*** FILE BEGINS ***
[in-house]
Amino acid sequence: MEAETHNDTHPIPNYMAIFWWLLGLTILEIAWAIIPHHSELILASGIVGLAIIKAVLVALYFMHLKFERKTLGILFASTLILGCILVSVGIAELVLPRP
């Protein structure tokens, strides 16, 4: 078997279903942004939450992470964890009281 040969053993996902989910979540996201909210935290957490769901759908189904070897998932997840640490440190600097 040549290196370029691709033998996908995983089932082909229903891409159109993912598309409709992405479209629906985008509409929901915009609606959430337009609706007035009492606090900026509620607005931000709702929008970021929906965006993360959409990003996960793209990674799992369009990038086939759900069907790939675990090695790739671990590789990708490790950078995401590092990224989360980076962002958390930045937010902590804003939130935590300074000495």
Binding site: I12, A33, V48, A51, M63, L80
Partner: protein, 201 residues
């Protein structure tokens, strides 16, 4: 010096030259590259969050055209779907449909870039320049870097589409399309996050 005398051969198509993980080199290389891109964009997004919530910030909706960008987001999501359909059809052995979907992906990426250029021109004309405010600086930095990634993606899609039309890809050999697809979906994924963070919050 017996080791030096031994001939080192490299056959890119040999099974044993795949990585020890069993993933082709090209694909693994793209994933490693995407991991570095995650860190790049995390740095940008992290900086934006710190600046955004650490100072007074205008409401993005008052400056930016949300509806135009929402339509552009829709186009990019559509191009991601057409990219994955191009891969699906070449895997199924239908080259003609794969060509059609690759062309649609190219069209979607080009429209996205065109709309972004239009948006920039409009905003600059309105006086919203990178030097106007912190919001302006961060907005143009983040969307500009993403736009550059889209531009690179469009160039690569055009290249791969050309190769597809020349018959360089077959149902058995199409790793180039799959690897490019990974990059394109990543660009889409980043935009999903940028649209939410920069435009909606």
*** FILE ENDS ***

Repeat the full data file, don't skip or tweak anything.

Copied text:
[in-house]
Amino acid sequence: MEAETHNDTHPIPNYMAIFWWLLGLTILEIAWAIIPHHSELILASGIVGLAIIKAVLVALYFMHLKFERKTLGILFASTLILGCILVSVGIAELVLPRP
């Protein structure tokens, strides 16, 4: 078997279903942004939450992470964890009281 040969053993996902989910979540996201909210935290957490769901759908189904070897998932997840640490440190600097 040549290196370029691709033998996908995983089932082909229903891409159109993912598309409709992405479209629906985008509409929901915009609606959430337009609706007035009492606090900026509620607005931000709702929008970021929906965006993360959409990003996960793209990674799992369009990038086939759900069907790939675990090695790739671990590789990708490790950078995401590092990224989360980076962002958390930045937010902590804003939130935590300074000495």
Binding site: I12, A33, V48, A51, M63, L80
Partner: protein, 201 residues
């Protein structure tokens, strides 16, 4: 010096030259590259969050055209779907449909870039320049870097589409399309996050 005398051969198509993980080199290389891109964009997004919530910030909706960008987001999501359909059809052995979907992906990426250029021109004309405010600086930095990634993606899609039309890809050999697809979906994924963070919050 017996080791030096031994001939080192490299056959890119040999099974044993795949990585020890069993993933082709090209694909693994793209994933490693995407991991570095995650860190790049995390740095940008992290900086934006710190600046955004650490100072007074205008409401993005008052400056930016949300509806135009929402339509552009829709186009990019559509191009991601057409990219994955191009891969699906070449895997199924239908080259003609794969060509059609690759062309649609190219069209979607080009429209996205065109709309972004239009948006920039409009905003600059309105006086919203990178030097106007912190919001302006961060907005143009983040969307500009993403736009550059889209531009690179469009160039690569055009290249791969050309190769597809020349018959360089077959149902058995199409790793180039799959690897490019990974990059394109990543660009889409980043935009999903940028649209939410920069435009909606």